As Christians, we don’t have to meet anyone’s expectations for our lives, except for God’s. We don’t have to fit any mold that we might feel pressured by society to succumb to. We have the freedom in Christ to be exactly who He created us to be, nothing more and nothing less. There will always be pressure on us to meet the expectations of others, but I feel that pressure is intensified in our twenties. It is especially important at that stage in your life, as you are shaping your identity, that God’s expectations are the only ones that matter for your life. It’s really a freeing realization. At times, it will mean letting others down. The decisions that go against the norm will not always be popular, and people will be disappointed, but as long as we are seeking God’s approval and following His will, we will never have to be disappointed in our decisions. Oswald Chambers writes in My Utmost for His Highest that, “If we do a thing from a sense of duty, we are putting up a standard in competition with Jesus Christ”. Nothing should compete with Jesus Christ, not even good things that aren’t His best for us. Erwin McManus in Unleashed adds, “We need to find the courage and freedom to be ourselves. We need to let ourselves become the unique individuals that God created us to be. We need to stop trying to be what everyone else wants us to be and stop worrying about what everyone else thinks.” This isn’t just some fluke that has only happened to me. This need to please others above pleasing our God is an epidemic among Christians in our country, but you don’t have to fall victim to it. Decide now that you will seek God and His will above all else, even if it means disappointing those closest to you or not meeting others’ expectations.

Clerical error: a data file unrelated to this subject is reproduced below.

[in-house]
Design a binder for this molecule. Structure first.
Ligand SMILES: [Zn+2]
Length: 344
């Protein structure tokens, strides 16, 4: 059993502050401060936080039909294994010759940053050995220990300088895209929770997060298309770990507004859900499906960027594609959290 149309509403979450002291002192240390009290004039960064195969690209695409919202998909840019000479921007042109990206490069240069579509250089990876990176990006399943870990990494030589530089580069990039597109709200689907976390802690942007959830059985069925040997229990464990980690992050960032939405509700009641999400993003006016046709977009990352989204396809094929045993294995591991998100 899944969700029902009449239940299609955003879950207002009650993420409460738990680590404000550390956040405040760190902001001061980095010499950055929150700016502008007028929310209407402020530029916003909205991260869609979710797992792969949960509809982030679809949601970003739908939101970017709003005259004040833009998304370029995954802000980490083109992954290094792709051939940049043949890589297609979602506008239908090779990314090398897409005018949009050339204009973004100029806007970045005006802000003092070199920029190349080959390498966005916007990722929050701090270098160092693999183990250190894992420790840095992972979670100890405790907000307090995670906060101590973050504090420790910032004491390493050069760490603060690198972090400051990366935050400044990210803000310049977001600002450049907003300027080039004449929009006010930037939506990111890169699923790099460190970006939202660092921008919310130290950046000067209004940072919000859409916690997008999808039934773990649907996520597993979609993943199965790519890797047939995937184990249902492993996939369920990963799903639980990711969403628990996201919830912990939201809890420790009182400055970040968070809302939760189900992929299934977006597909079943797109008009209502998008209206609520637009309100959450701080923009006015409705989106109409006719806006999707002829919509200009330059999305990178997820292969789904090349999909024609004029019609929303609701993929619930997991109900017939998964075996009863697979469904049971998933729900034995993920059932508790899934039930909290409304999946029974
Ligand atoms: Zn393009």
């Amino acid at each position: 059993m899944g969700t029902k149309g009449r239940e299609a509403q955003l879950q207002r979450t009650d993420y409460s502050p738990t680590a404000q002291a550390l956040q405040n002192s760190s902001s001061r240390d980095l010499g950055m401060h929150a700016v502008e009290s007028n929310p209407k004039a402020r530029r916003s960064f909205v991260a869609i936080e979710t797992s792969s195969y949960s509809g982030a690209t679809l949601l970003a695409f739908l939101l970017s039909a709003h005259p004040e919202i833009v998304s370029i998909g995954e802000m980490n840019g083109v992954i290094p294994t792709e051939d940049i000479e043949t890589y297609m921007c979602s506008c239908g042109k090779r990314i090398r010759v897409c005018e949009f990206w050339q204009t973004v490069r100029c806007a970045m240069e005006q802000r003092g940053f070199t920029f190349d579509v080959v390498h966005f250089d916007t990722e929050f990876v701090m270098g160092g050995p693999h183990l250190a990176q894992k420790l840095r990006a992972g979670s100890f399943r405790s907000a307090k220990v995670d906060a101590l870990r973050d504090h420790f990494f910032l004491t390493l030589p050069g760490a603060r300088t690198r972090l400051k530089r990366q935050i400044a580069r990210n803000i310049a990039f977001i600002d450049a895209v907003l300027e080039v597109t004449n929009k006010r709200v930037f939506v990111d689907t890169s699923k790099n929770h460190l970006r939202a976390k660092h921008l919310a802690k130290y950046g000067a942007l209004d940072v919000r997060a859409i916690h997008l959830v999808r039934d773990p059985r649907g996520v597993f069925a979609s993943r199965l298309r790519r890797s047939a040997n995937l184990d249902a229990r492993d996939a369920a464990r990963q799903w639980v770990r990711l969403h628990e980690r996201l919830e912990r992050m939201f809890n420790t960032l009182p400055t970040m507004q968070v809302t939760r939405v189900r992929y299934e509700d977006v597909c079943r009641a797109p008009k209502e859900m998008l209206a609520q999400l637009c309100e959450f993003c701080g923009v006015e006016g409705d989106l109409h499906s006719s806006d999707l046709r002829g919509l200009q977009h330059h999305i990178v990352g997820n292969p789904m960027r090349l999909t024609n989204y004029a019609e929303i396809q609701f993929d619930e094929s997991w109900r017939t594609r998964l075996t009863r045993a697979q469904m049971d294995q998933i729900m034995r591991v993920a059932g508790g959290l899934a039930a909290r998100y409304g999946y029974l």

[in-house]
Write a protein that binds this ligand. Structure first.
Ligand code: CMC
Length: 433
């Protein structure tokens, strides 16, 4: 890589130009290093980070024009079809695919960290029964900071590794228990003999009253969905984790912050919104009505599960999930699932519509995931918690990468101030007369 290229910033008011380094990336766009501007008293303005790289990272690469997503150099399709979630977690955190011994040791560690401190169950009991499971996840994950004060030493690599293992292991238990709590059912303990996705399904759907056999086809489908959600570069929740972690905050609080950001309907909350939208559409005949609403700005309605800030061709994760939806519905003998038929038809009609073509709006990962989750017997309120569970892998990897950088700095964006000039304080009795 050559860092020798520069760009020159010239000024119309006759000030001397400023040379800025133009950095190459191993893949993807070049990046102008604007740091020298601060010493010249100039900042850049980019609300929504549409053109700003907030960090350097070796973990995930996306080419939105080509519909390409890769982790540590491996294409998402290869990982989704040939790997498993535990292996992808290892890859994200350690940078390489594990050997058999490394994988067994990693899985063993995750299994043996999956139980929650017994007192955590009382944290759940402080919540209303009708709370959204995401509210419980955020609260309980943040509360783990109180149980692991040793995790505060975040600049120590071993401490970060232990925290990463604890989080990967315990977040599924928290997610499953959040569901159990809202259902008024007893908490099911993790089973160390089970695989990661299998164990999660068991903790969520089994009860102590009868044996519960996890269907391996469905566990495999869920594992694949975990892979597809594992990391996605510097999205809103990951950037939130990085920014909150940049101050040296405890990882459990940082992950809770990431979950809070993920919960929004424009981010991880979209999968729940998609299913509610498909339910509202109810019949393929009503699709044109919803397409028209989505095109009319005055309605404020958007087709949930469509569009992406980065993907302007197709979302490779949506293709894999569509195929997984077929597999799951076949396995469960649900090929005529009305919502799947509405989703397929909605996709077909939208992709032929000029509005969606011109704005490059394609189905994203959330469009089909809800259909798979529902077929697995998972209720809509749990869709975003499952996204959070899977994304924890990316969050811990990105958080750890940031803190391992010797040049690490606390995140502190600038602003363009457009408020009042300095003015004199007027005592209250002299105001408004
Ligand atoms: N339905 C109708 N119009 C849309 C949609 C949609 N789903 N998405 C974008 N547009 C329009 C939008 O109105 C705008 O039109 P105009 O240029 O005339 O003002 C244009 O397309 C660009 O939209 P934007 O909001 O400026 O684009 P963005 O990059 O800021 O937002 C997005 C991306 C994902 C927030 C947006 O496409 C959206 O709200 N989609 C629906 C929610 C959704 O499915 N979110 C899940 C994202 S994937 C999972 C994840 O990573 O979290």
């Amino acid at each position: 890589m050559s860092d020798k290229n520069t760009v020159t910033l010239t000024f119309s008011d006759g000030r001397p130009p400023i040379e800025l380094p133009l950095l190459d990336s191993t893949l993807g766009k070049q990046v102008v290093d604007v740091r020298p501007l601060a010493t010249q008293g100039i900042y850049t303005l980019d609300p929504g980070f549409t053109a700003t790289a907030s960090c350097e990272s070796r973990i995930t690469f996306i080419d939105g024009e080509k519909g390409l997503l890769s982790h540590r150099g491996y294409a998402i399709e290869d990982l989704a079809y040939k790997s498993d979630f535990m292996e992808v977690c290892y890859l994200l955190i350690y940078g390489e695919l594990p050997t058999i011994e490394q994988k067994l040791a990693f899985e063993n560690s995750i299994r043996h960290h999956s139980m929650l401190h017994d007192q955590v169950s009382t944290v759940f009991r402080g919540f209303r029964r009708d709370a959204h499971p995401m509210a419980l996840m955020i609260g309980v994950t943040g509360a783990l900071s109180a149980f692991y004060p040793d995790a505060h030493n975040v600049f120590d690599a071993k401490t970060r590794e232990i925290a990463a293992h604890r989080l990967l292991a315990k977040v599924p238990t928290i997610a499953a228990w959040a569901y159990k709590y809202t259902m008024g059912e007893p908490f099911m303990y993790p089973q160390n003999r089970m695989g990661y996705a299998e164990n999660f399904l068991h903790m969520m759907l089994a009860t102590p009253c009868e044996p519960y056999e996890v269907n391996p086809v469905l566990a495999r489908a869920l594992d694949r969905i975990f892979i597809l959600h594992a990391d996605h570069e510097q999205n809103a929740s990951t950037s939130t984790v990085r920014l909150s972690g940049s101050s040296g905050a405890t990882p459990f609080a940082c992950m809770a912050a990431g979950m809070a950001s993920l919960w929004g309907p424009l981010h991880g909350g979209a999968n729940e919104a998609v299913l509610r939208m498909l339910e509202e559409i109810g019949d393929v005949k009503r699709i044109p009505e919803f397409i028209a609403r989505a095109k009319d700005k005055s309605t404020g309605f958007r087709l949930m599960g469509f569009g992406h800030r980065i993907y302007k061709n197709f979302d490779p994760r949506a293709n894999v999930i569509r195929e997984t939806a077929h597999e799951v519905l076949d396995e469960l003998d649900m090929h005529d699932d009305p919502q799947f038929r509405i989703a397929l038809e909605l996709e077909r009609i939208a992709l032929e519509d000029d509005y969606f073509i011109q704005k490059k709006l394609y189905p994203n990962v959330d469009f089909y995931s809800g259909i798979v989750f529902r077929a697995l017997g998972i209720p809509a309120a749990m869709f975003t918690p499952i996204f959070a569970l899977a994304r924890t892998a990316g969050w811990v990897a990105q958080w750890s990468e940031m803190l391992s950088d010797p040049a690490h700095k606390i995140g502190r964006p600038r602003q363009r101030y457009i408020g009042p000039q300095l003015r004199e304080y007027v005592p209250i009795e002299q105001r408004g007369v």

Chase After God More than You Chase a Mate or the Ideal Life:
So many times in our twenties, and really throughout our life, we have this idea of how our life should be. We want to be married by this age or we will have this specific job (more than likely at this specific company or in this specific town). The problem is that most of the time, that idea is ours, not God’s. It could have started out as loosely based on something that God lead us to, but, man, we just run with it, don’t we? So much so, that by the time we’re finished with that dream, it barely resembles anything God said. So, then we spend most of our time chasing that idea, whether it be a job, a significant other, a certain social status, or some goal we have set for ourselves.